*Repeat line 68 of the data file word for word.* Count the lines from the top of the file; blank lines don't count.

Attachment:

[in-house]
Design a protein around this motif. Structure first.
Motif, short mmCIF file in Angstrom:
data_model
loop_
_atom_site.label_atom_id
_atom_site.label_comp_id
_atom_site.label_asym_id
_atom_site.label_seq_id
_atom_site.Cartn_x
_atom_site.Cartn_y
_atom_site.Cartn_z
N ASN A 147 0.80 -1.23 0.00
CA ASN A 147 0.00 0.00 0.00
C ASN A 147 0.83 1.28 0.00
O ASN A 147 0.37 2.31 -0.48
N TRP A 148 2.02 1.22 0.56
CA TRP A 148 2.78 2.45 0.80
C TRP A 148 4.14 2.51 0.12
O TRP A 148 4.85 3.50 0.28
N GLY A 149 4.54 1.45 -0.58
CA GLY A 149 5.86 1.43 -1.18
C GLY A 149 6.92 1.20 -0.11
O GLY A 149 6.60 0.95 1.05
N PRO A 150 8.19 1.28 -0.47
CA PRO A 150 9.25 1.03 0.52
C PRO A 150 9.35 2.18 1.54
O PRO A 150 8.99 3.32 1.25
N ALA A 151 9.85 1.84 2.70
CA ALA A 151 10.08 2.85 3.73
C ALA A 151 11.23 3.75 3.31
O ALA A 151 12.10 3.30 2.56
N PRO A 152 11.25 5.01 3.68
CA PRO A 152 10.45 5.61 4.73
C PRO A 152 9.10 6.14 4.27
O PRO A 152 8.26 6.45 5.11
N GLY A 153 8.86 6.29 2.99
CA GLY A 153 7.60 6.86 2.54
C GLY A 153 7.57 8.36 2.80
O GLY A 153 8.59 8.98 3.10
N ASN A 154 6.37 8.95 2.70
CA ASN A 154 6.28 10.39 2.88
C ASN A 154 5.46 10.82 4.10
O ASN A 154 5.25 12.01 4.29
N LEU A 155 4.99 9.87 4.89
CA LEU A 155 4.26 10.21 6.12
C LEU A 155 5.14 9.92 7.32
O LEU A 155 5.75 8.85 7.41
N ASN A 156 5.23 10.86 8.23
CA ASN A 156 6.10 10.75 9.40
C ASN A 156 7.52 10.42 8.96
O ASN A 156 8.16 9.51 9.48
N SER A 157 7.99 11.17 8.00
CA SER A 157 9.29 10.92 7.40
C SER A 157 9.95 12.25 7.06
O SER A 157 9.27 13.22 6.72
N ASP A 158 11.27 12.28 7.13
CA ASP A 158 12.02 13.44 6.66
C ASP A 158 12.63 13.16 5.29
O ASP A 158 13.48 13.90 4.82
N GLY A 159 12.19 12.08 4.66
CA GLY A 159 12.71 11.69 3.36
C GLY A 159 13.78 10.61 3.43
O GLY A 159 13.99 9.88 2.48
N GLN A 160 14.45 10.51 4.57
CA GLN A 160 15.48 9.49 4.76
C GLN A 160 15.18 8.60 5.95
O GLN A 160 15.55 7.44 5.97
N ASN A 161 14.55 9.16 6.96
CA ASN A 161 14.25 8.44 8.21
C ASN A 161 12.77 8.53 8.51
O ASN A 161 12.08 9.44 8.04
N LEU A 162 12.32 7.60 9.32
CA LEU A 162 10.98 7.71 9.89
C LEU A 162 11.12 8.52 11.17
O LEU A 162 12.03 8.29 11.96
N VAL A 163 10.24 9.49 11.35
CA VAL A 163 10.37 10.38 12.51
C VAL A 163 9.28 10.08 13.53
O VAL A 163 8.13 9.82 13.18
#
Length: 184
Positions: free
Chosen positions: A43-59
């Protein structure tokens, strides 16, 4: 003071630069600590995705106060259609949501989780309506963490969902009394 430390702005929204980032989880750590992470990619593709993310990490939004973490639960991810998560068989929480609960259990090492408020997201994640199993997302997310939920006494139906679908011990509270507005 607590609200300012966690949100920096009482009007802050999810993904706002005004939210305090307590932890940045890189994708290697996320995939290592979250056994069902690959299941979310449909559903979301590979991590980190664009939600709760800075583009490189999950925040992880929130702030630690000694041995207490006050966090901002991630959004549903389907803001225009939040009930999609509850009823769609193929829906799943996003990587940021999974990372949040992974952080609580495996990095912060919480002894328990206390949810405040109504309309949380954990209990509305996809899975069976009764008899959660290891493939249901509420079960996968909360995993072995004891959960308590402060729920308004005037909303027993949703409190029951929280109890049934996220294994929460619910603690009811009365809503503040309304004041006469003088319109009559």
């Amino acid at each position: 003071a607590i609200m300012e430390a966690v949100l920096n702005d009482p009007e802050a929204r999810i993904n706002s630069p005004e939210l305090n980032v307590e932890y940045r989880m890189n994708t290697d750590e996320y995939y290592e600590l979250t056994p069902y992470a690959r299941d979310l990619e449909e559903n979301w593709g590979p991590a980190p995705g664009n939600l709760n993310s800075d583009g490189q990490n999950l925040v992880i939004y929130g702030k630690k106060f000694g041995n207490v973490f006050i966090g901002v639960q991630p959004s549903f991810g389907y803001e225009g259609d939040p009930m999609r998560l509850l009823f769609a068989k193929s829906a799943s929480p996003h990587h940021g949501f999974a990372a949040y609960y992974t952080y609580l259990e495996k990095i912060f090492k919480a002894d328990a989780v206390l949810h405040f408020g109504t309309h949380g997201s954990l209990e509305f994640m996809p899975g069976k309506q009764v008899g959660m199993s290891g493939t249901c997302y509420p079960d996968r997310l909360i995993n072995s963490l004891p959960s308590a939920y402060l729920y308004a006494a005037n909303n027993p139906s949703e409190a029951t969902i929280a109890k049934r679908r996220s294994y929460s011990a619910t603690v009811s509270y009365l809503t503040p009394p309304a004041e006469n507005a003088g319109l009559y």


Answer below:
O GLN A 160 15.55 7.44 5.97